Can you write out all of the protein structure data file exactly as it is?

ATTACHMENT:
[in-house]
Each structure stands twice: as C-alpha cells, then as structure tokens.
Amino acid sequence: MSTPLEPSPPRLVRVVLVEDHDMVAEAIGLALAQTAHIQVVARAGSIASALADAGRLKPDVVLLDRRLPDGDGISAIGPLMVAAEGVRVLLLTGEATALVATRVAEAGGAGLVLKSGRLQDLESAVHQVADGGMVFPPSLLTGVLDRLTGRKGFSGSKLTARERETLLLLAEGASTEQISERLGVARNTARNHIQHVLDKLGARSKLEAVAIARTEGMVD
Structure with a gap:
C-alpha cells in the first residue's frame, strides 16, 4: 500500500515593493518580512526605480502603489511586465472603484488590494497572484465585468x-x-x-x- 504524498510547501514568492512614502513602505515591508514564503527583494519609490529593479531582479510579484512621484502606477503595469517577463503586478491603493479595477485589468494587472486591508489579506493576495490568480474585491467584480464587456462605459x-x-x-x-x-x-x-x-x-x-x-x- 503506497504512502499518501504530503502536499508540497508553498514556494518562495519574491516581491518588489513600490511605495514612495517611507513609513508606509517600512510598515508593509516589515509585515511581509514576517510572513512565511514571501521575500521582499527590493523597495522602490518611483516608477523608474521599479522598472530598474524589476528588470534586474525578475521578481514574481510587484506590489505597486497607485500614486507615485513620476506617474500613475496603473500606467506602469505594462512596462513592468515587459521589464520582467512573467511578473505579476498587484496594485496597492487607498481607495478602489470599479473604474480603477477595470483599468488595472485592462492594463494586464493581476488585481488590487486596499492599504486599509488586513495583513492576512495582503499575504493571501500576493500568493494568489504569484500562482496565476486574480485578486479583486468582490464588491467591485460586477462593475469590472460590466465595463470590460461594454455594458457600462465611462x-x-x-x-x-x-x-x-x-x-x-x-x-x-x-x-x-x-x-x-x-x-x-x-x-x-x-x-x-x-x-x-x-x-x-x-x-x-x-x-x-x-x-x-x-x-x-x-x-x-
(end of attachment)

[in-house]
Each structure stands twice: as C-alpha cells, then as structure tokens.
Amino acid sequence: MSTPLEPSPPRLVRVVLVEDHDMVAEAIGLALAQTAHIQVVARAGSIASALADAGRLKPDVVLLDRRLPDGDGISAIGPLMVAAEGVRVLLLTGEATALVATRVAEAGGAGLVLKSGRLQDLESAVHQVADGGMVFPPSLLTGVLDRLTGRKGFSGSKLTARERETLLLLAEGASTEQISERLGVARNTARNHIQHVLDKLGARSKLEAVAIARTEGMVD
Structure with a gap:
C-alpha cells in the first residue's frame, strides 16, 4: 500500500515593493518580512526605480502603489511586465472603484488590494497572484465585468x-x-x-x- 504524498510547501514568492512614502513602505515591508514564503527583494519609490529593479531582479510579484512621484502606477503595469517577463503586478491603493479595477485589468494587472486591508489579506493576495490568480474585491467584480464587456462605459x-x-x-x-x-x-x-x-x-x-x-x- 503506497504512502499518501504530503502536499508540497508553498514556494518562495519574491516581491518588489513600490511605495514612495517611507513609513508606509517600512510598515508593509516589515509585515511581509514576517510572513512565511514571501521575500521582499527590493523597495522602490518611483516608477523608474521599479522598472530598474524589476528588470534586474525578475521578481514574481510587484506590489505597486497607485500614486507615485513620476506617474500613475496603473500606467506602469505594462512596462513592468515587459521589464520582467512573467511578473505579476498587484496594485496597492487607498481607495478602489470599479473604474480603477477595470483599468488595472485592462492594463494586464493581476488585481488590487486596499492599504486599509488586513495583513492576512495582503499575504493571501500576493500568493494568489504569484500562482496565476486574480485578486479583486468582490464588491467591485460586477462593475469590472460590466465595463470590460461594454455594458457600462465611462x-x-x-x-x-x-x-x-x-x-x-x-x-x-x-x-x-x-x-x-x-x-x-x-x-x-x-x-x-x-x-x-x-x-x-x-x-x-x-x-x-x-x-x-x-x-x-x-x-x-